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Science and Innovations

Study: Colorado River Flows Decreased 15% in Last Century

Cap Canal
Ted Wood
/
The Water Desk
The Central Arizona Project carries Colorado River water into the Phoenix area. The single largest component of the Gila River Indian Community's water rights comes from the CAP. The community recently announced plans to conserve more water in exchange for federal payments.

A new study says streamflow in the Colorado River has decreased by about 15 percent in the last century. KNAU’s Melissa Sevigny reports higher temperatures are the primary reason.

The study appears in the journal Water Resources Research.

It says the average temperature in the Colorado River Basin has risen nearly 2 degrees Celsius in the last century. The authors found this warming trend accounts for about half of the decreased runoff in the river. Other factors affecting the river’s flow include the loss of snowpack and declines in winter precipitation in certain critical areas of the Colorado River Basin.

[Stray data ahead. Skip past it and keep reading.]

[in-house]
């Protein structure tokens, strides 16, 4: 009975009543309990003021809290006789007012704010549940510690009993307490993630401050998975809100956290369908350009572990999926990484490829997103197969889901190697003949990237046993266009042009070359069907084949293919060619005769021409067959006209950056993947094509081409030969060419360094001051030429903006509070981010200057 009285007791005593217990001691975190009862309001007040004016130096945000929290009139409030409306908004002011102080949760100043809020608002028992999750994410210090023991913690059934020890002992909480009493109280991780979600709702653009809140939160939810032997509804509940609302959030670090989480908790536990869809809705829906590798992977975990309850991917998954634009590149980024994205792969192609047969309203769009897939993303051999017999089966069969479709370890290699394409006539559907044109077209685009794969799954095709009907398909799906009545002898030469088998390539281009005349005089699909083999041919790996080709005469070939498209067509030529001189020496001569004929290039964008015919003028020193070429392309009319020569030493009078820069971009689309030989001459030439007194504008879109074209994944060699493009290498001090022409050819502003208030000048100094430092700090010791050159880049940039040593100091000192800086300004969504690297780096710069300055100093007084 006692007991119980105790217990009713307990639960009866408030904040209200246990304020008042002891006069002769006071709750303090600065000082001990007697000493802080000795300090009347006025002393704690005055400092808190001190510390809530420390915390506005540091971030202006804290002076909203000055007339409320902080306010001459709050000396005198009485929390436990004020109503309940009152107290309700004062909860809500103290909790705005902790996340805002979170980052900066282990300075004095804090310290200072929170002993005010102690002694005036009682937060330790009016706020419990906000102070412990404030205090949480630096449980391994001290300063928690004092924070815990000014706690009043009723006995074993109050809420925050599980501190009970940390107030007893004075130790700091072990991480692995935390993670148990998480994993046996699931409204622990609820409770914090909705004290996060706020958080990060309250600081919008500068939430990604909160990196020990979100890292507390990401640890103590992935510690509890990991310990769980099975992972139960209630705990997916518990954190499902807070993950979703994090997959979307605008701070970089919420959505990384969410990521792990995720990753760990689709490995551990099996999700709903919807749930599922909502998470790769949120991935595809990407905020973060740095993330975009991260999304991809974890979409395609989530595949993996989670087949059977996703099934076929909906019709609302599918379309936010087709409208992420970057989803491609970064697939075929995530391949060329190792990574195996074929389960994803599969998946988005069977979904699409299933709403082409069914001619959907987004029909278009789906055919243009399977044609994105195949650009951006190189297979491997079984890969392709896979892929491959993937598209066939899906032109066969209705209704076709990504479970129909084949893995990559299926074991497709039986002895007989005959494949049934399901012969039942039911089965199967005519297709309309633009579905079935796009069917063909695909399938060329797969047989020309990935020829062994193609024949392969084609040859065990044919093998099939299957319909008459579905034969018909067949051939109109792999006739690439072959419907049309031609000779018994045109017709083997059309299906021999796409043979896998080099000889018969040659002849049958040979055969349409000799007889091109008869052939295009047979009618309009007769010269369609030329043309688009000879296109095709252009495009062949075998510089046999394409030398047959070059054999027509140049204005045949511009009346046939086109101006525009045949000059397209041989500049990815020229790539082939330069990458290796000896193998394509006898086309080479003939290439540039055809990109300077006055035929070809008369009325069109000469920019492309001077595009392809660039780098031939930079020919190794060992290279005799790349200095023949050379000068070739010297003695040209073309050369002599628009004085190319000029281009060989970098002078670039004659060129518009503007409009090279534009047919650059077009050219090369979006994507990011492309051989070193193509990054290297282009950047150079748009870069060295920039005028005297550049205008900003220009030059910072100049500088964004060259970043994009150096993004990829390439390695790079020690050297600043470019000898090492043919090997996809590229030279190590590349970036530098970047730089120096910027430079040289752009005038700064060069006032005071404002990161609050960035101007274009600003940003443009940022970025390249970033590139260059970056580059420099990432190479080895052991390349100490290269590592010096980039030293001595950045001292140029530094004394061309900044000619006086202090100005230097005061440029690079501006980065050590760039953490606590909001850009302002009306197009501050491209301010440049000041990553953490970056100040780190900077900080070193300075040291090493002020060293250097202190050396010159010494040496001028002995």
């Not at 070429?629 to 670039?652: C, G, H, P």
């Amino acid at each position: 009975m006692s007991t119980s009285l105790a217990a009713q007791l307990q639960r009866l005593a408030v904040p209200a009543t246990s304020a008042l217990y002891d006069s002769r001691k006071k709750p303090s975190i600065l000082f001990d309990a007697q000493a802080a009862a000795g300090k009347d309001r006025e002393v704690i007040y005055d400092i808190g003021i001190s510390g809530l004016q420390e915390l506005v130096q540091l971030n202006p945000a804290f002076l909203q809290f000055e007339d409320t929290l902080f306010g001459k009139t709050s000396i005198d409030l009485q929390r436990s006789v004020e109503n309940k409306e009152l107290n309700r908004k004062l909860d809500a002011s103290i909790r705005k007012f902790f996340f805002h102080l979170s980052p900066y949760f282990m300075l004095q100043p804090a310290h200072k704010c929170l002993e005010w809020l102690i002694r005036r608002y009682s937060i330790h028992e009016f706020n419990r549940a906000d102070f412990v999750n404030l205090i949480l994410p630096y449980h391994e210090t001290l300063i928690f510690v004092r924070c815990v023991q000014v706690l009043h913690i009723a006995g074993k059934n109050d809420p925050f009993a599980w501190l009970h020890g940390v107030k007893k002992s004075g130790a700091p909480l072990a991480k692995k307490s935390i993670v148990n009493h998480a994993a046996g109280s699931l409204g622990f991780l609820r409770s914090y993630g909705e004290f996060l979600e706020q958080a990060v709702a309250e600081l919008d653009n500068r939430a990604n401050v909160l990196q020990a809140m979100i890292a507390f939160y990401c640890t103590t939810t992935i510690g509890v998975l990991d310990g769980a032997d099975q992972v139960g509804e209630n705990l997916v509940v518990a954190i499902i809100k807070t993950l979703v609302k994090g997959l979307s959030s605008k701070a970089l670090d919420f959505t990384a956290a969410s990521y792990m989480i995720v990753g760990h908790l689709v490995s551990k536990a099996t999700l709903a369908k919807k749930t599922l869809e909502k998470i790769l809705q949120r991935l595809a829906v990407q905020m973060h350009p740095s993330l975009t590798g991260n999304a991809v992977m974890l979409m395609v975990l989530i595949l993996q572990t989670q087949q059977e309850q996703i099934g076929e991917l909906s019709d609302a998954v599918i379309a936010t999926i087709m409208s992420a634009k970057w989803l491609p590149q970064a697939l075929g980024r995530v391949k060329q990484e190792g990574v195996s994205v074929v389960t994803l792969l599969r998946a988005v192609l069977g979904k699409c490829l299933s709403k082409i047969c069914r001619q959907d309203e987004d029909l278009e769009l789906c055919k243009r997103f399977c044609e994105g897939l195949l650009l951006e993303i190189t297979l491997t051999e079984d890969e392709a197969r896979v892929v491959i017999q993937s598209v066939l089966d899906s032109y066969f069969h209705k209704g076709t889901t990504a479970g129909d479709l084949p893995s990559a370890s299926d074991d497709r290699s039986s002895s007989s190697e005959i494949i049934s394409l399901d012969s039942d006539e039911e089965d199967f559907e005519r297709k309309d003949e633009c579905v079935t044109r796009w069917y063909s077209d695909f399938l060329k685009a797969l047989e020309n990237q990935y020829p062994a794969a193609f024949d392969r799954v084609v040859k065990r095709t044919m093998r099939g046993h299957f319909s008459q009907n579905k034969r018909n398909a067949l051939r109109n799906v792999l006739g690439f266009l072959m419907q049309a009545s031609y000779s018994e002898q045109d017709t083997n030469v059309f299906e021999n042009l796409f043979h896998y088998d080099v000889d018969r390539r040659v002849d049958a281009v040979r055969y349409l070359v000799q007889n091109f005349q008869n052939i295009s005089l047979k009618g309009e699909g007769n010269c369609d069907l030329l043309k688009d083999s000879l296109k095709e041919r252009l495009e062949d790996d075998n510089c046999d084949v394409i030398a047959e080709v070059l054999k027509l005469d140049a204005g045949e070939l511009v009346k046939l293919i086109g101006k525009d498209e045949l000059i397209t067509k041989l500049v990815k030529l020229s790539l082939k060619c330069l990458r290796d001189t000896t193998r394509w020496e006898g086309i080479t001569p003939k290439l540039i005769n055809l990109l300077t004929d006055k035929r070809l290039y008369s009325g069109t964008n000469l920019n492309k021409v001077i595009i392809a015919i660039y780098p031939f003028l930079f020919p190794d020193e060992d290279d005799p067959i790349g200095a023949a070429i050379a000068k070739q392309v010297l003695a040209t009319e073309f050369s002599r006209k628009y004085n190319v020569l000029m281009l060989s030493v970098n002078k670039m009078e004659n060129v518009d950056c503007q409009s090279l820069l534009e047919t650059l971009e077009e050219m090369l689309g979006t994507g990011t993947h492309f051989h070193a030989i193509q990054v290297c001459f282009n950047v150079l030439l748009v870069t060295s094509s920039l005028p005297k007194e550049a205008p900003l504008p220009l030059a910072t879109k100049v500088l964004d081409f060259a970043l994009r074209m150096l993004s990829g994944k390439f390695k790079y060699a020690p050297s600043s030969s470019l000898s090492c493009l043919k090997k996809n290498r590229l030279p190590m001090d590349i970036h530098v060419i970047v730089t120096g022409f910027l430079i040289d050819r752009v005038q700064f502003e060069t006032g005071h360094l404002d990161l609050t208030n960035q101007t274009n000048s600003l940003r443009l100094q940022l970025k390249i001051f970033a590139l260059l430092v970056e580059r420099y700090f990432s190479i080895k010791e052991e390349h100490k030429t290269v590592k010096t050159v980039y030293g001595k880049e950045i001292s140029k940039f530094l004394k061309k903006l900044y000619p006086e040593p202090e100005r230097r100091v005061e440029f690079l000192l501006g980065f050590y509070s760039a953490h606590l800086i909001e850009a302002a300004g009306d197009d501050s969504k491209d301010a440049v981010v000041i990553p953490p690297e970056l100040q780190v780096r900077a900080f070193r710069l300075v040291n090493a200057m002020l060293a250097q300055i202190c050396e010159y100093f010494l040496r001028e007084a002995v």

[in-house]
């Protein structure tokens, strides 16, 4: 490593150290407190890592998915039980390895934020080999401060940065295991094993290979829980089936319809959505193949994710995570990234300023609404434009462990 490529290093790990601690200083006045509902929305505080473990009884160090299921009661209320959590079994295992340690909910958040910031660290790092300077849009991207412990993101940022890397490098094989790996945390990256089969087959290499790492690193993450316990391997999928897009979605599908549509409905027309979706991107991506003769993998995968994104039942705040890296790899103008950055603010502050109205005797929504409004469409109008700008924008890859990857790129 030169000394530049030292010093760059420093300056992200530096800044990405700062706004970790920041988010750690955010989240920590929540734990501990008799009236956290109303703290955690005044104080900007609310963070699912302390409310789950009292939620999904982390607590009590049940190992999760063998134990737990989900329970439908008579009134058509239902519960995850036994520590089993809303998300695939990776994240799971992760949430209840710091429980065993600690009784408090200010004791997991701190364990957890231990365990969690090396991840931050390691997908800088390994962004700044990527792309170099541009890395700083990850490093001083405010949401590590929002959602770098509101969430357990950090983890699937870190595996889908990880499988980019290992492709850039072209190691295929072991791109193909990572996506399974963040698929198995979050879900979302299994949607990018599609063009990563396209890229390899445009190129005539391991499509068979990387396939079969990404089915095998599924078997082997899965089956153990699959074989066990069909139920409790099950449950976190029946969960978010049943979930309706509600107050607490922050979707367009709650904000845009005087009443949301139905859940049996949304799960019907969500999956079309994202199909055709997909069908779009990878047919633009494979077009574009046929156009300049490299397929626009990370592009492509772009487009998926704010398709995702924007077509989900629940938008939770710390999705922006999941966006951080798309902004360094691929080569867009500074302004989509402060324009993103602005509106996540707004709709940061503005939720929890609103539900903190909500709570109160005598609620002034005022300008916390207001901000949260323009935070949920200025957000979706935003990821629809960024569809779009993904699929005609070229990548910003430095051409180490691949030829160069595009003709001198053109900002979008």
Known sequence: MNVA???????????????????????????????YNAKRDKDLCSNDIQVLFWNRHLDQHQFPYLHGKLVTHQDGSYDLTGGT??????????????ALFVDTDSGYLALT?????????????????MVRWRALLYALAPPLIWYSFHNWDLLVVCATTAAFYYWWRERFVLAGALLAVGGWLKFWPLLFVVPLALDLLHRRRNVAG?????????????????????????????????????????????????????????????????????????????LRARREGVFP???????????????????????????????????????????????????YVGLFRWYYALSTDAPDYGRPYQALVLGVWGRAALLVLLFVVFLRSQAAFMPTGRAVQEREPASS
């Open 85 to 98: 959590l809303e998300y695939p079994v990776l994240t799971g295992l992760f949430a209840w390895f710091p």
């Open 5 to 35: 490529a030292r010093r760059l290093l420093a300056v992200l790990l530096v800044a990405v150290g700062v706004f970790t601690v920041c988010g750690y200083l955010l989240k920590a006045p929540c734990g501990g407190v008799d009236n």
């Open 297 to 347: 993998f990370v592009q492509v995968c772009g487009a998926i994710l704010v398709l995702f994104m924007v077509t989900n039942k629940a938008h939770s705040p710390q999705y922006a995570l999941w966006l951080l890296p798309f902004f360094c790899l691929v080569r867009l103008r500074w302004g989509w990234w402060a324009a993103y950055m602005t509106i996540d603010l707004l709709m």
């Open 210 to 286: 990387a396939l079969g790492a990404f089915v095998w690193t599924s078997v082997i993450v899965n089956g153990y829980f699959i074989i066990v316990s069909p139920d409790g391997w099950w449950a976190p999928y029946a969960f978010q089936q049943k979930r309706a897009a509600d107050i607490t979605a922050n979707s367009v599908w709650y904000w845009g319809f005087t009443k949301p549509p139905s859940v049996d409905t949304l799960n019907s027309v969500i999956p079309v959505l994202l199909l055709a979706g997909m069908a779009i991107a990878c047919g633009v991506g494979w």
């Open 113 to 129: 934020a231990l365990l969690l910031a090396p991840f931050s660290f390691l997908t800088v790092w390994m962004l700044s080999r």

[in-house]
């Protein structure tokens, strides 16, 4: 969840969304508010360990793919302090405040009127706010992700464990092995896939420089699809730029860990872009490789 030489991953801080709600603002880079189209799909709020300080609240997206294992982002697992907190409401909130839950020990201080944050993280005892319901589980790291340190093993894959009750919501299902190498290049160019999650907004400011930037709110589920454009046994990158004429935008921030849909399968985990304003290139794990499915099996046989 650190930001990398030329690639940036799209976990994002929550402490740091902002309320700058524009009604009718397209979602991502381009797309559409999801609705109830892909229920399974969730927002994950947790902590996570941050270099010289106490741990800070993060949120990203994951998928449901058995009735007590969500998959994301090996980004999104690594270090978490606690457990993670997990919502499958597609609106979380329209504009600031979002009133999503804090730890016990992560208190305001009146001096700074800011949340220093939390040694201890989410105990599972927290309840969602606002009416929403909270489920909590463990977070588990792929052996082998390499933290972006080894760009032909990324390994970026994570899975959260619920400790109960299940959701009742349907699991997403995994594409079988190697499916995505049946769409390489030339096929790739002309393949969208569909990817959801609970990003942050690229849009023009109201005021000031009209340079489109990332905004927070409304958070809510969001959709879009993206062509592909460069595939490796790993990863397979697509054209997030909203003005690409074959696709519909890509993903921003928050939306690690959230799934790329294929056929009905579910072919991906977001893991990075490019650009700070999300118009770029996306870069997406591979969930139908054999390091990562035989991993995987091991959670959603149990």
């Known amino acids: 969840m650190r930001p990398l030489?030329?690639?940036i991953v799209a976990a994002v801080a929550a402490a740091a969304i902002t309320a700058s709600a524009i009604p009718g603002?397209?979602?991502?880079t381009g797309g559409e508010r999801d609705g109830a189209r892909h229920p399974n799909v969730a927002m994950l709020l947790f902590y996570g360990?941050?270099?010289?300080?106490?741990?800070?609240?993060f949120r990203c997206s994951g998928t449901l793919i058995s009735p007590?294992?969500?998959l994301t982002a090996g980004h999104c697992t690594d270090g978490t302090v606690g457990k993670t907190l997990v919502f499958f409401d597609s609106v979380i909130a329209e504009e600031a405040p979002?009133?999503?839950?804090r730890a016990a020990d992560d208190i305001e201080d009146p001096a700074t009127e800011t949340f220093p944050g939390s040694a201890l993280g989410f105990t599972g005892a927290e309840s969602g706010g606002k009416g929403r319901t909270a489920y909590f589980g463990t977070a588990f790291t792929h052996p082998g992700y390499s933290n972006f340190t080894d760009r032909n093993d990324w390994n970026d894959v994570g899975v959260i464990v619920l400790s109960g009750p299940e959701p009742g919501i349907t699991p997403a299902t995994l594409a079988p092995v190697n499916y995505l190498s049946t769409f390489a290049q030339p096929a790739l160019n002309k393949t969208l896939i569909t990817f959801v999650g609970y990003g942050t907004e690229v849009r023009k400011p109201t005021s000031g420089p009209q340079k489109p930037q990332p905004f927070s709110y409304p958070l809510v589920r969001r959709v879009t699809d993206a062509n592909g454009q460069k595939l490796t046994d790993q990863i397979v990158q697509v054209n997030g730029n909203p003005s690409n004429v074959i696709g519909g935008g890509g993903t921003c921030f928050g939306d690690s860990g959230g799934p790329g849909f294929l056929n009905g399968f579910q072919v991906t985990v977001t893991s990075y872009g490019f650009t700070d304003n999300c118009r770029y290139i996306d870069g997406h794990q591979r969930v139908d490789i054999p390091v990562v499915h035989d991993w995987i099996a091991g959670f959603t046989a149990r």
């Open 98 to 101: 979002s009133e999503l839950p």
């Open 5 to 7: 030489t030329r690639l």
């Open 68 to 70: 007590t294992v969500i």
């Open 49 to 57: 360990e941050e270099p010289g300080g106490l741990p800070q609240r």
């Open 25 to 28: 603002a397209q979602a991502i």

The study’s authors say this current drought, called the Millennium Drought, began in the year 2000. It’s different from an earlier drought in the 1950s, when precipitation was unusually low. Now, temperature is playing a bigger role.

The Colorado River supplies water to nearly 40 million people. The U.S. Bureau of Reclamation has projected the first-ever shortage could be declared on the river in the year 2020.

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Melissa joined KNAU's team in 2015 to report on science, health, and the environment. Her work has appeared nationally on NPR and been featured on Science Friday. She grew up in Tucson, Arizona, where she fell in love with the ecology and geology of the Sonoran desert.
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